he burns the shields (chariots) with fire.

The psalmist is not completely out of touch—he knows that good and bad happen. He even concedes that wonders and desolation are part of God’s purview. It’s disconcerting that God might allow desolation. The extreme sadness of Syria comes immediately to mind. The extreme sadness of Gaza; it is a land with practically unlivable conditions according to the United Nations and where clean water does not flow in their direction. The extreme sadness at our southern border; there are migrant families fleeing violence, tear gas launched at those seeking asylum, children now dying while in government facilities. I cannot imagine God allows such sadness, yet the psalmist does not entirely absolve God. I will wrestle with this verse into 2019 as I survey the desolation and wonders in turn.

Then I arrive at the verse that was my original destination—the God who makes war cease, breaks bows, shatters spears and burns chariots. This is the God I recognize—disarming our violence and dismantling our weaponry. There is another ancient song about swords beat into ploughshares, the psalmist appears to know the tune. And the Egyptian chariots once were drowned, but hear are melted by fire. Either way, vehicles of violence will be disarmed. God beats swords, transforming them into tools of shalom. My allegiance is to this God—the shalom-maker.

 

“Be still, and know that I am God!
I am exalted among the nations,
I am exalted in the earth.”

The Lord of hosts is with us;
the God of Jacob is our refuge.

Selah

Then I came to this iconic verse… and came to a full stop. How had I recited this verse all these years and not known the context? I understood this verse as a contemplative imperative for the individual. In my time of prayer I should embrace stillness and allow room for God’s presence. I should be still and know that God is with me in my personal moment and my very personal circumstances. That is how I’ve understood it all these years.

But on the cusp of 2019, as I’m pulled into the vortex of the news cycle and many reasons for concern, prayer and action, this word comes: Be still and know I am God. Amid all the violent machinations of the world, know me as the Shalom-maker. Don’t lose sight of the Prince of Peace, a peace that ends all wars and dismantles all weapons. And again, it is a call to us who inhabit insecure cities. We are called to remember the God who makes shalom for all the troubles, trembling mountains and tumult. It is this God who is exalted as peace-maker over all nations, not only yours or mine.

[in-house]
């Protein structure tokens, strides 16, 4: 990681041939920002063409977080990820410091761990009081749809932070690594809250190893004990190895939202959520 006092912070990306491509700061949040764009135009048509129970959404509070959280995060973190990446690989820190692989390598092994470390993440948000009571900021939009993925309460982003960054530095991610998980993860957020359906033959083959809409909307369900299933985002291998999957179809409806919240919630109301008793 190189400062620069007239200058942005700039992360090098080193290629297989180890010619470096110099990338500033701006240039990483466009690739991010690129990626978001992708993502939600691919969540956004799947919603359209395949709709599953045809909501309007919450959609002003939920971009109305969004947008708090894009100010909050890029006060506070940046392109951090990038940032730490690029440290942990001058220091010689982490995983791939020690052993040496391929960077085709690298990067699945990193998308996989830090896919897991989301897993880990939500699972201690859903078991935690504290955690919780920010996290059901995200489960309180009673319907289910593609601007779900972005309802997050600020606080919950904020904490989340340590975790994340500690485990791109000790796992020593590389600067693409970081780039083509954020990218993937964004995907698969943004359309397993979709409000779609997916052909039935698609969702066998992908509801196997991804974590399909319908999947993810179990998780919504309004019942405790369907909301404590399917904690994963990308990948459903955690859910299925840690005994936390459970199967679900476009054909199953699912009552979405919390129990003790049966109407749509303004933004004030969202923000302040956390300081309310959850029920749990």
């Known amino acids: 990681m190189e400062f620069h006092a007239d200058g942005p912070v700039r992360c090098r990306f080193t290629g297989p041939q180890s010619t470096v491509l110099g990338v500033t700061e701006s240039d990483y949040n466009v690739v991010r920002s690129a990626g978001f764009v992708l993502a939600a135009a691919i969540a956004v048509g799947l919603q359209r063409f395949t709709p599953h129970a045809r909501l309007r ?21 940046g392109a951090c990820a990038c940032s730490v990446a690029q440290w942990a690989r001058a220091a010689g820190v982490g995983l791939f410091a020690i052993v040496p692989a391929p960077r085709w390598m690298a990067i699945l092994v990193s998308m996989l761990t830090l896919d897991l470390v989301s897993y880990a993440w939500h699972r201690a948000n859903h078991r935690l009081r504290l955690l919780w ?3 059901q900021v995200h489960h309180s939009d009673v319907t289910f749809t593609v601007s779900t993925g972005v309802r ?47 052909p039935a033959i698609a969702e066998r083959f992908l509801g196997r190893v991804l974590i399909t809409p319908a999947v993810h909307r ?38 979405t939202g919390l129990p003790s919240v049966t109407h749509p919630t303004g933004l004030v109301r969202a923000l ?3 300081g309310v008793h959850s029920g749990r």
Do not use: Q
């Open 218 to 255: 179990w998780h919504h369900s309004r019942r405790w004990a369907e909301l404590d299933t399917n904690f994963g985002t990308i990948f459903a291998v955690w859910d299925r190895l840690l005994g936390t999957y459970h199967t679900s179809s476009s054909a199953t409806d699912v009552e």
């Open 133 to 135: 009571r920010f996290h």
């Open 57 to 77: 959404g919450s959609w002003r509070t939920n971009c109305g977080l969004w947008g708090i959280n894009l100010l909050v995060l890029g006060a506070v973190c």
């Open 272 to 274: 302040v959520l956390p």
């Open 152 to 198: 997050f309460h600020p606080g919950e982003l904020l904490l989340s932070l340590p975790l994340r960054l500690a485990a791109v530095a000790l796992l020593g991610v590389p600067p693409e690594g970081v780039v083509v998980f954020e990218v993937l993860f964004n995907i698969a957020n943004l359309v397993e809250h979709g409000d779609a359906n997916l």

In this song the psalmist invites us all to sing together about our God in the midst of troubled times. Our God, the shalom-maker, stands with us in the ever-changing times as nations rise and fall. God’s will remains for peace, a move beyond violence and the need for weapons. There are things we don’t know or understand about God, but this we know in the stillness: God is a  Shalom-maker. So this is the song I want to sing with you as we enter the new year.

Selah – Breathe. Let us breathe together, inhale and exhale, for our confidence is in the Shalom-maker who sits with us this year.

 

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Kelley Nikondeha
Kelley is co-director and chief storyteller for Communities of Hope, a community development enterprise in Burundi. She is also the author of Adopted: The Sacrament of Belonging in a Fractured World (Eerdmans).
Kelley Nikondeha
Kelley Nikondeha